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Permaculture Paradise at Alex’s PermaGarden – Part 1 — 7 Comments

  1. This is a heads up for Owen and Kelly.

    I’m not certain where the best place to drop these links, so I put them here.

    It’s a YouTube channel that I suspect you’ll want to bookmark and check back on regularly. Very high quality videos, and the subject matter is right down the strike zone of your favorite topics.

    Here are a couple of videos to pique your interest, each might be worthy of a blog post, if you choose.

    My favorite moment of this video is the ash sack. I can’t recall anyone showing the ash in that way before to illustrate their point so clearly. Oh… and check out the house the heater is inside. If you ignore the lived-in clutter, it’s a nice house.

    http://www.youtube.com/watch?v=W3TwEhjTwb4

    Here is another fascinating video. My favorite part of this video is how this couple got the local bylaws changed. They got 29066 people to all send emails to every council member. Overfilled their inboxes I bet! How awesome is that? Well, about as awesome as their garden, new friendships among neighbors, and their dramatically improved health!

    http://www.youtube.com/watch?v=jXOrFIVwZ_A

    More videos where those came from at:

    http://www.youtube.com/user/olivierasselin/videos

    Enjoy.

  2. Please keep in mind it isn’t the plants or wood chips that correct damages such as toxic metals, radioactive waste, etc…but the microbes in healthy, living soil. The plants send messages to the microbes for certain elements, and so on…(keyword: soil food web and Ingham).

    Some people call it, bioflora. The bioflora mix in your area will be based on the needs of the ecology. So, it is best to “capture” microbes rather than buy prepared concoctions.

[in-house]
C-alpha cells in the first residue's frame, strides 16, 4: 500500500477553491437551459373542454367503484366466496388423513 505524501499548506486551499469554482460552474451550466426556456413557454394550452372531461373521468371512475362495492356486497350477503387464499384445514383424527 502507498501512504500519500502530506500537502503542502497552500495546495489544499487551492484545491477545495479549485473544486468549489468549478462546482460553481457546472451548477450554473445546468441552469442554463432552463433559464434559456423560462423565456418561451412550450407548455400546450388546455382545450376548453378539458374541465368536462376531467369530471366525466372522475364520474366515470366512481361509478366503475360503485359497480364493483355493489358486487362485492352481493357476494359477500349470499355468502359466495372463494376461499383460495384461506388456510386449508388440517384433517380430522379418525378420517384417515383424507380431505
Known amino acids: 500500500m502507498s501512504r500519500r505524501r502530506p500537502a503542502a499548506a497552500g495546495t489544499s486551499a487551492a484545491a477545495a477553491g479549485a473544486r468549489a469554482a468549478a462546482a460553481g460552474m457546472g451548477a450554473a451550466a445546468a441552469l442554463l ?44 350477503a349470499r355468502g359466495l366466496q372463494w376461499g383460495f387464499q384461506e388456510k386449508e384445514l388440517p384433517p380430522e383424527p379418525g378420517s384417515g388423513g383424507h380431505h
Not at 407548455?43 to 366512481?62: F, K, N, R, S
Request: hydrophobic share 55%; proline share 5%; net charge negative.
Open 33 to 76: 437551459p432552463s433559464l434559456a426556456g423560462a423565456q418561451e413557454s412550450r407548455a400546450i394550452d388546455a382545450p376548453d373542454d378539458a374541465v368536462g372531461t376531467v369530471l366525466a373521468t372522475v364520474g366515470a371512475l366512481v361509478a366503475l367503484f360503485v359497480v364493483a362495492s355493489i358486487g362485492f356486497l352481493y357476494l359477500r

Paul Stamets is a fabulous recommendation. Bravo.

    Brilliant people at places like EMRO make mudballs packed with microbes and toss them into polluted rivers.

    http://www.emrojapan.com/emnews/content/8.html

    They also have research about using beneficial microbes in building construction.

  3. Carroll,

    Google “Paul Stamets Remediation”.

    He is probably the world’s premiere expert on toxic remediation using fungi.

    Many excellent articles and YouTube videos of his lectures. His scientifically proven insights will open your eyes to the possibilities.

    There are others out there that know how to break down toxins with plants, but Paul is probably the most successful and the most renowned the planet.

  4. Very Informative. I never heard of a plant that takes out the toxins and breaks leaded paint down. I wonder where he lives. I also appreciate his use of wood. I, myself use this method but, I admit the wood I use is pretty broken down or on the verge of breaking down before I put it into the soil. It doesn’t seem to do anything but help it. I have used semi fresh natural wood that’s fallen from trees and used it as a border and let it break down and that’s worked well too. I’m going to have to look up different plants that grow in my area that are natural bee attractors and plant or transplant(if possible)them to grow wild. Good post Owen.

  5. Now you are finally heading in the right direction. The microbes he describes that “grow” soil can be attracted, fed and cultivated. They can also be put into the building materials you like to write about, even concrete and paint.

    These microbes make your building a living entity that can repel heat, overwhelm toxic metals, increase oxygen, and promote general health and well being like most holistic practices. You can use the word, probiotic, if defined correctly.

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